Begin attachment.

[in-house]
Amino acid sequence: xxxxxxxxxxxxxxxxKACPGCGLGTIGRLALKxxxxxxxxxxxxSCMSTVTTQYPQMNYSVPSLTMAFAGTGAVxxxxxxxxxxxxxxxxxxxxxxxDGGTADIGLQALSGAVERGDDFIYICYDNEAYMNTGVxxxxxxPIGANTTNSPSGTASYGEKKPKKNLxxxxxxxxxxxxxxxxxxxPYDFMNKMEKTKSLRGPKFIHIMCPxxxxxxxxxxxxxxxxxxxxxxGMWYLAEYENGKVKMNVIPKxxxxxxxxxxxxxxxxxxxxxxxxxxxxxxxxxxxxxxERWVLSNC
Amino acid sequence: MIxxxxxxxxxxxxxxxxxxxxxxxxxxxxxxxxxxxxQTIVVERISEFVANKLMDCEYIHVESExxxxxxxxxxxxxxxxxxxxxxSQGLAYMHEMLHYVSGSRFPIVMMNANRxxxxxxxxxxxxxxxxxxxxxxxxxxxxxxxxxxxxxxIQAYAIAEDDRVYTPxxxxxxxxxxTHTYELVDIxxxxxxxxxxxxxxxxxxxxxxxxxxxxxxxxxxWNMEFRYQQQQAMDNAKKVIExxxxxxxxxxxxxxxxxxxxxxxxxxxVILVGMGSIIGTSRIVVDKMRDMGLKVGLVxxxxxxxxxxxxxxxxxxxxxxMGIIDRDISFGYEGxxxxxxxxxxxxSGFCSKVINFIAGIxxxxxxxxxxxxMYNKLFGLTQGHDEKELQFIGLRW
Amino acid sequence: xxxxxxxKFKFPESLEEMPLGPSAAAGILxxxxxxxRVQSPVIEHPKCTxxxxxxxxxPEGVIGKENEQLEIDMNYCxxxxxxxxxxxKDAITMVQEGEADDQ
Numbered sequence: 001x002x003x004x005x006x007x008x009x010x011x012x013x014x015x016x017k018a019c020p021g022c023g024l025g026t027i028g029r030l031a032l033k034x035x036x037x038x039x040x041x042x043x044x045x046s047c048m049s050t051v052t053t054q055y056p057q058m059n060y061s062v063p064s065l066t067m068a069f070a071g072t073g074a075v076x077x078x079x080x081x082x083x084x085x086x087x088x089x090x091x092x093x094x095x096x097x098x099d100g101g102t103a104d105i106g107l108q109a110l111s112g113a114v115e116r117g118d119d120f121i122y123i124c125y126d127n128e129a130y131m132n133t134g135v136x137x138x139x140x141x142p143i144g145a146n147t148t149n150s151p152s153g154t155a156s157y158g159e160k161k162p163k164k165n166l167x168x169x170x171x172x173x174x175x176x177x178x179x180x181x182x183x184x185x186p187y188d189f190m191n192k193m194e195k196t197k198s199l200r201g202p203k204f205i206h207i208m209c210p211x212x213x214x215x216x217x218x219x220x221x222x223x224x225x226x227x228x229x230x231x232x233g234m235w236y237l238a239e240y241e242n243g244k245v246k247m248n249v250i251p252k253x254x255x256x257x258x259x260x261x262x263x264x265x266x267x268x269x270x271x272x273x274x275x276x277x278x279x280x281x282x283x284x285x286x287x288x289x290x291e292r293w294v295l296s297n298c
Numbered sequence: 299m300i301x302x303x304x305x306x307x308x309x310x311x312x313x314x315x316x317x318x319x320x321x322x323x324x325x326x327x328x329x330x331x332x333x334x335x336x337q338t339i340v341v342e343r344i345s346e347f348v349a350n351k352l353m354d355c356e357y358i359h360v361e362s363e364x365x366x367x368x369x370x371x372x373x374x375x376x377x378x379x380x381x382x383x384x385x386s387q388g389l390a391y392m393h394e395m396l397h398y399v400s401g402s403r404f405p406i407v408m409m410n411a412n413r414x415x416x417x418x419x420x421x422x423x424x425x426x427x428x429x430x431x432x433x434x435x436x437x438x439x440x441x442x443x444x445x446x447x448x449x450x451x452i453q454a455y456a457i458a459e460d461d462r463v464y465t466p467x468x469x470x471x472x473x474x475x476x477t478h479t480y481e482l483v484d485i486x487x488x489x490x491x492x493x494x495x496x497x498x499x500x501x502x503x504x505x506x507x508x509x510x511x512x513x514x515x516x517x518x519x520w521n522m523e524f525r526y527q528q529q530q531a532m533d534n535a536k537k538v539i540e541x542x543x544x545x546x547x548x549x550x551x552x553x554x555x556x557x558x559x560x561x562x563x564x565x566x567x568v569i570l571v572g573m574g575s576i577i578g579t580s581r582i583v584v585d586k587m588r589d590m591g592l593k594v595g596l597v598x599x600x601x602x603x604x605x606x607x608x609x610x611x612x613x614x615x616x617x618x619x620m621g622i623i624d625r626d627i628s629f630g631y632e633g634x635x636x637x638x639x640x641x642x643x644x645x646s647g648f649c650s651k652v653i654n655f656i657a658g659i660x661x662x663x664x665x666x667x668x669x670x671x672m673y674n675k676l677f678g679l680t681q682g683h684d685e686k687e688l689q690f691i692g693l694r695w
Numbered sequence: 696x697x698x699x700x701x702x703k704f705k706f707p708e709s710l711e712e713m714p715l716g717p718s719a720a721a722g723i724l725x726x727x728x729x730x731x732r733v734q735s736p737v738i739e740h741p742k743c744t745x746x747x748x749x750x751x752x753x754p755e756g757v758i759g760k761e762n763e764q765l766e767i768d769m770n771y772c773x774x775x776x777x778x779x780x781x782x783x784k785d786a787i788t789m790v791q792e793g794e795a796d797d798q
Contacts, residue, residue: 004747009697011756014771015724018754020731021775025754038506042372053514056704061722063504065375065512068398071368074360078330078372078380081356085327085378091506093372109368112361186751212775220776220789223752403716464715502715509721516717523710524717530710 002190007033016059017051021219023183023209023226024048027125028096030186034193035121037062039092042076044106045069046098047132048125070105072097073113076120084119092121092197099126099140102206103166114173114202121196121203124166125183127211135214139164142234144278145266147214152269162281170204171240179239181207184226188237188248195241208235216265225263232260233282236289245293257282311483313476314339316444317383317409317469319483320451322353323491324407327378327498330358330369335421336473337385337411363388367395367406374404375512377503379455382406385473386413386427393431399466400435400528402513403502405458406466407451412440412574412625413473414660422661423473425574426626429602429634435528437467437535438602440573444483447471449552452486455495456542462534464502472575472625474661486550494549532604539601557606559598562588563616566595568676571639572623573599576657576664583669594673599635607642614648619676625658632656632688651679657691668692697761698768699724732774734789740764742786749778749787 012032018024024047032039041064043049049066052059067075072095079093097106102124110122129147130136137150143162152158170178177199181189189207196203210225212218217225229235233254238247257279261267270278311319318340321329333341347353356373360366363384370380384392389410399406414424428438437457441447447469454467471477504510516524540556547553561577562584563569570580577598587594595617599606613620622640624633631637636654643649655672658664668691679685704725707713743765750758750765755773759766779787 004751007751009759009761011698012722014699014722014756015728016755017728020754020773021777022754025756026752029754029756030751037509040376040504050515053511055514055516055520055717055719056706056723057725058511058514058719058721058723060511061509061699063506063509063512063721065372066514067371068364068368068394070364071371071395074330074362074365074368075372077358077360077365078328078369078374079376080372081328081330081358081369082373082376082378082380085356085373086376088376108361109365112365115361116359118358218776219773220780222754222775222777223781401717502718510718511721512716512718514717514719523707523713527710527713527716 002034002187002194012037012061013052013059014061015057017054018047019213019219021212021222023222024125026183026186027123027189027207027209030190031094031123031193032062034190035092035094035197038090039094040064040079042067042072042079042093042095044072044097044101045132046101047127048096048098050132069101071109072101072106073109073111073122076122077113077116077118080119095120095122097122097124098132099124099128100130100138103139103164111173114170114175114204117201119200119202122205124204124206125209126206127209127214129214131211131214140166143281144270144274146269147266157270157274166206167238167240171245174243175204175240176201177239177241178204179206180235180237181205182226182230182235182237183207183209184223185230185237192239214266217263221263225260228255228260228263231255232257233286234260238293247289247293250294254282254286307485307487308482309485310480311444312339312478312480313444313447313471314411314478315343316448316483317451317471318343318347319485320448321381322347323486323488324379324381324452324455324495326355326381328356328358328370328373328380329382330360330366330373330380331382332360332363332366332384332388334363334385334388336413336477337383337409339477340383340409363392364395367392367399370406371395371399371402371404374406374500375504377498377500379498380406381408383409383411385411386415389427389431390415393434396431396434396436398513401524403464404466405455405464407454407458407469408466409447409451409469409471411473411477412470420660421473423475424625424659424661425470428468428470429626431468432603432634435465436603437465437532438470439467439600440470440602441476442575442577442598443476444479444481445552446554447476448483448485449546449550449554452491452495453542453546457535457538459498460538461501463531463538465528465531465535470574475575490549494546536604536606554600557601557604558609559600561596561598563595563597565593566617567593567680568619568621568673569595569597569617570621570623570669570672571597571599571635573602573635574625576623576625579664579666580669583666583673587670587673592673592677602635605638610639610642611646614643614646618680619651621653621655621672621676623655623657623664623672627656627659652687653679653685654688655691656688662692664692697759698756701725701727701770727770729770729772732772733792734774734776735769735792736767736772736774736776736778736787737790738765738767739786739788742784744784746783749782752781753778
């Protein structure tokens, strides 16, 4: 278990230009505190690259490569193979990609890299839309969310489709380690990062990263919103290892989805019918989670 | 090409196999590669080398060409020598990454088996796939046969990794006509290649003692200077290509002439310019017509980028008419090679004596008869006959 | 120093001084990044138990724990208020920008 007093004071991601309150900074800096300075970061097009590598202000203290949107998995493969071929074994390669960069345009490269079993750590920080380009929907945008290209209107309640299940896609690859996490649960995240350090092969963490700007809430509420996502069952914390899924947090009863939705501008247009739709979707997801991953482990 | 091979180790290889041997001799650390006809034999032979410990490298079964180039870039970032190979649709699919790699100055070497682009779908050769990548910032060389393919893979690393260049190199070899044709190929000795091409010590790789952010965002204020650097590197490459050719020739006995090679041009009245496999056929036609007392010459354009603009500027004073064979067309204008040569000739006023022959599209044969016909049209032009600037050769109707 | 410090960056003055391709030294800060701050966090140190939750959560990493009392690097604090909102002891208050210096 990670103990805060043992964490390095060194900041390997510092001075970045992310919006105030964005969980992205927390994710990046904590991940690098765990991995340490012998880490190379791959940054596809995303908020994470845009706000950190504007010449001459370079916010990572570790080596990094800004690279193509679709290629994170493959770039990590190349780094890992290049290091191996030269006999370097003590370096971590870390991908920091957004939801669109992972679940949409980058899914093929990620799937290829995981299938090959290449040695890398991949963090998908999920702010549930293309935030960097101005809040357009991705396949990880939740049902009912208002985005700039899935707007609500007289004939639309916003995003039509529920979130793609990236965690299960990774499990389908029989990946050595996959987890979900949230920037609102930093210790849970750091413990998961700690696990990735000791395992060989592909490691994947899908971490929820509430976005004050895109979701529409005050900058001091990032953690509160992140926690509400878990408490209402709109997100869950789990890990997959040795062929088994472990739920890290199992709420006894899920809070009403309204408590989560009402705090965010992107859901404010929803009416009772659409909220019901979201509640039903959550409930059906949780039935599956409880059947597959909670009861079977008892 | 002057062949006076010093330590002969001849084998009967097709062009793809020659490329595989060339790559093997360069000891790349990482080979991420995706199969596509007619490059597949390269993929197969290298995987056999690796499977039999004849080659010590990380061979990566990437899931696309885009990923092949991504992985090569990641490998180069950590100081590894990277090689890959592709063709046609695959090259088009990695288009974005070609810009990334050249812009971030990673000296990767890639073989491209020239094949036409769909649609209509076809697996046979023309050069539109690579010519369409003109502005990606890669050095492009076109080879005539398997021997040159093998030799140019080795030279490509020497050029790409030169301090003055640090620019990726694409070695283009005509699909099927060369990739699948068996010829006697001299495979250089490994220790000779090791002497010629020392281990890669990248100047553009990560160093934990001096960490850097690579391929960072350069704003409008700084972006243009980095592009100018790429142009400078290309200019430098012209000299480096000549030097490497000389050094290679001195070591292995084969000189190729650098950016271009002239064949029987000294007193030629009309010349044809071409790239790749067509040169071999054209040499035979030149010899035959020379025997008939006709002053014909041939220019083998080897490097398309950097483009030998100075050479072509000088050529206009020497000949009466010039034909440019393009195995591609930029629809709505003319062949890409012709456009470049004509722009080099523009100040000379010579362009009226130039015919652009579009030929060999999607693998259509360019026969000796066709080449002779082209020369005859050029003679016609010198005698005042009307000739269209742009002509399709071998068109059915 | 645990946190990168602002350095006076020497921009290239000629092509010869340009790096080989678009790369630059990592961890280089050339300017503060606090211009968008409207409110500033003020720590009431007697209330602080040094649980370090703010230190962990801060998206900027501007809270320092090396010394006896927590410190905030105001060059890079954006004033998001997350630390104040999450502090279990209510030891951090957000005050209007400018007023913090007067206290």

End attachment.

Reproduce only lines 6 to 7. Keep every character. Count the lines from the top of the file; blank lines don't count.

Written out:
Numbered sequence: 299m300i301x302x303x304x305x306x307x308x309x310x311x312x313x314x315x316x317x318x319x320x321x322x323x324x325x326x327x328x329x330x331x332x333x334x335x336x337q338t339i340v341v342e343r344i345s346e347f348v349a350n351k352l353m354d355c356e357y358i359h360v361e362s363e364x365x366x367x368x369x370x371x372x373x374x375x376x377x378x379x380x381x382x383x384x385x386s387q388g389l390a391y392m393h394e395m396l397h398y399v400s401g402s403r404f405p406i407v408m409m410n411a412n413r414x415x416x417x418x419x420x421x422x423x424x425x426x427x428x429x430x431x432x433x434x435x436x437x438x439x440x441x442x443x444x445x446x447x448x449x450x451x452i453q454a455y456a457i458a459e460d461d462r463v464y465t466p467x468x469x470x471x472x473x474x475x476x477t478h479t480y481e482l483v484d485i486x487x488x489x490x491x492x493x494x495x496x497x498x499x500x501x502x503x504x505x506x507x508x509x510x511x512x513x514x515x516x517x518x519x520w521n522m523e524f525r526y527q528q529q530q531a532m533d534n535a536k537k538v539i540e541x542x543x544x545x546x547x548x549x550x551x552x553x554x555x556x557x558x559x560x561x562x563x564x565x566x567x568v569i570l571v572g573m574g575s576i577i578g579t580s581r582i583v584v585d586k587m588r589d590m591g592l593k594v595g596l597v598x599x600x601x602x603x604x605x606x607x608x609x610x611x612x613x614x615x616x617x618x619x620m621g622i623i624d625r626d627i628s629f630g631y632e633g634x635x636x637x638x639x640x641x642x643x644x645x646s647g648f649c650s651k652v653i654n655f656i657a658g659i660x661x662x663x664x665x666x667x668x669x670x671x672m673y674n675k676l677f678g679l680t681q682g683h684d685e686k687e688l689q690f691i692g693l694r695w
Numbered sequence: 696x697x698x699x700x701x702x703k704f705k706f707p708e709s710l711e712e713m714p715l716g717p718s719a720a721a722g723i724l725x726x727x728x729x730x731x732r733v734q735s736p737v738i739e740h741p742k743c744t745x746x747x748x749x750x751x752x753x754p755e756g757v758i759g760k761e762n763e764q765l766e767i768d769m770n771y772c773x774x775x776x777x778x779x780x781x782x783x784k785d786a787i788t789m790v791q792e793g794e795a796d797d798q